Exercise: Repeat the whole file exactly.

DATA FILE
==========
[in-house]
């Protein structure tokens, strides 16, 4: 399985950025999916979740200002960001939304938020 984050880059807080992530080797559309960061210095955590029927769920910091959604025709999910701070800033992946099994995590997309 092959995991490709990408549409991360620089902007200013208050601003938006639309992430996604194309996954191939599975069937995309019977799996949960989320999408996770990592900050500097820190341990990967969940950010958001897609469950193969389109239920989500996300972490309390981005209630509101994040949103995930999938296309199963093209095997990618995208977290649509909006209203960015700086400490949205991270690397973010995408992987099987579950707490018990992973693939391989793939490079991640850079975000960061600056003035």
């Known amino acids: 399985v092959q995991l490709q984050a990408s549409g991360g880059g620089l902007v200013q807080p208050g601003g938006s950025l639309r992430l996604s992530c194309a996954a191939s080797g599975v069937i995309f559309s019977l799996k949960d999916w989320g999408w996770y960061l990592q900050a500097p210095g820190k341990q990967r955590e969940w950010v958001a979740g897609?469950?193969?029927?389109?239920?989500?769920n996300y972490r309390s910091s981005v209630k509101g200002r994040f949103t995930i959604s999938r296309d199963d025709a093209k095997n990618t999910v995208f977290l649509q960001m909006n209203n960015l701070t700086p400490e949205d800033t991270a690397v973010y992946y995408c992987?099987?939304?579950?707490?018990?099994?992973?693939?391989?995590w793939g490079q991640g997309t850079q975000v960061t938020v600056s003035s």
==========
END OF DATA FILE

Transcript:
[in-house]
């Protein structure tokens, strides 16, 4: 399985950025999916979740200002960001939304938020 984050880059807080992530080797559309960061210095955590029927769920910091959604025709999910701070800033992946099994995590997309 092959995991490709990408549409991360620089902007200013208050601003938006639309992430996604194309996954191939599975069937995309019977799996949960989320999408996770990592900050500097820190341990990967969940950010958001897609469950193969389109239920989500996300972490309390981005209630509101994040949103995930999938296309199963093209095997990618995208977290649509909006209203960015700086400490949205991270690397973010995408992987099987579950707490018990992973693939391989793939490079991640850079975000960061600056003035």
């Known amino acids: 399985v092959q995991l490709q984050a990408s549409g991360g880059g620089l902007v200013q807080p208050g601003g938006s950025l639309r992430l996604s992530c194309a996954a191939s080797g599975v069937i995309f559309s019977l799996k949960d999916w989320g999408w996770y960061l990592q900050a500097p210095g820190k341990q990967r955590e969940w950010v958001a979740g897609?469950?193969?029927?389109?239920?989500?769920n996300y972490r309390s910091s981005v209630k509101g200002r994040f949103t995930i959604s999938r296309d199963d025709a093209k095997n990618t999910v995208f977290l649509q960001m909006n209203n960015l701070t700086p400490e949205d800033t991270a690397v973010y992946y995408c992987?099987?939304?579950?707490?018990?099994?992973?693939?391989?995590w793939g490079q991640g997309t850079q975000v960061t938020v600056s003035s």